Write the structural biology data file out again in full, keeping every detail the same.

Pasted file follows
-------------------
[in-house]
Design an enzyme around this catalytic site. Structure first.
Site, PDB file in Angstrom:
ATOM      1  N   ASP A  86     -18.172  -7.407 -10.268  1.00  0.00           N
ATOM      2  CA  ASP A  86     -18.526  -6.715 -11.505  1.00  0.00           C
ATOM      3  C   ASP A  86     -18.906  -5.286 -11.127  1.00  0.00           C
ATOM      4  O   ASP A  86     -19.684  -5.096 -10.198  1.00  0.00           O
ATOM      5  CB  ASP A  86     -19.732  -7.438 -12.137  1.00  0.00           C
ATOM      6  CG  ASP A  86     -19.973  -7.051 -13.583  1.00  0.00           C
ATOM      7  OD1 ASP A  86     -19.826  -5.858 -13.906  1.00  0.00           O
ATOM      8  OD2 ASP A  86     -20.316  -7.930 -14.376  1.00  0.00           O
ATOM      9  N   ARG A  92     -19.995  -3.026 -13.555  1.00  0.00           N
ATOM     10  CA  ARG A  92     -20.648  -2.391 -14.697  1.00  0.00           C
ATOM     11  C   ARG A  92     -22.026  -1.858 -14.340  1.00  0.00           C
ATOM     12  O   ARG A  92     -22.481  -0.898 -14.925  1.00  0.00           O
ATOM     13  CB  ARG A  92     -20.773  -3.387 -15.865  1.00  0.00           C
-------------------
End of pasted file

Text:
[in-house]
Design an enzyme around this catalytic site. Structure first.
Site, PDB file in Angstrom:
ATOM      1  N   ASP A  86     -18.172  -7.407 -10.268  1.00  0.00           N
ATOM      2  CA  ASP A  86     -18.526  -6.715 -11.505  1.00  0.00           C
ATOM      3  C   ASP A  86     -18.906  -5.286 -11.127  1.00  0.00           C
ATOM      4  O   ASP A  86     -19.684  -5.096 -10.198  1.00  0.00           O
ATOM      5  CB  ASP A  86     -19.732  -7.438 -12.137  1.00  0.00           C
ATOM      6  CG  ASP A  86     -19.973  -7.051 -13.583  1.00  0.00           C
ATOM      7  OD1 ASP A  86     -19.826  -5.858 -13.906  1.00  0.00           O
ATOM      8  OD2 ASP A  86     -20.316  -7.930 -14.376  1.00  0.00           O
ATOM      9  N   ARG A  92     -19.995  -3.026 -13.555  1.00  0.00           N
ATOM     10  CA  ARG A  92     -20.648  -2.391 -14.697  1.00  0.00           C
ATOM     11  C   ARG A  92     -22.026  -1.858 -14.340  1.00  0.00           C
ATOM     12  O   ARG A  92     -22.481  -0.898 -14.925  1.00  0.00           O
ATOM     13  CB  ARG A  92     -20.773  -3.387 -15.865  1.00  0.00           C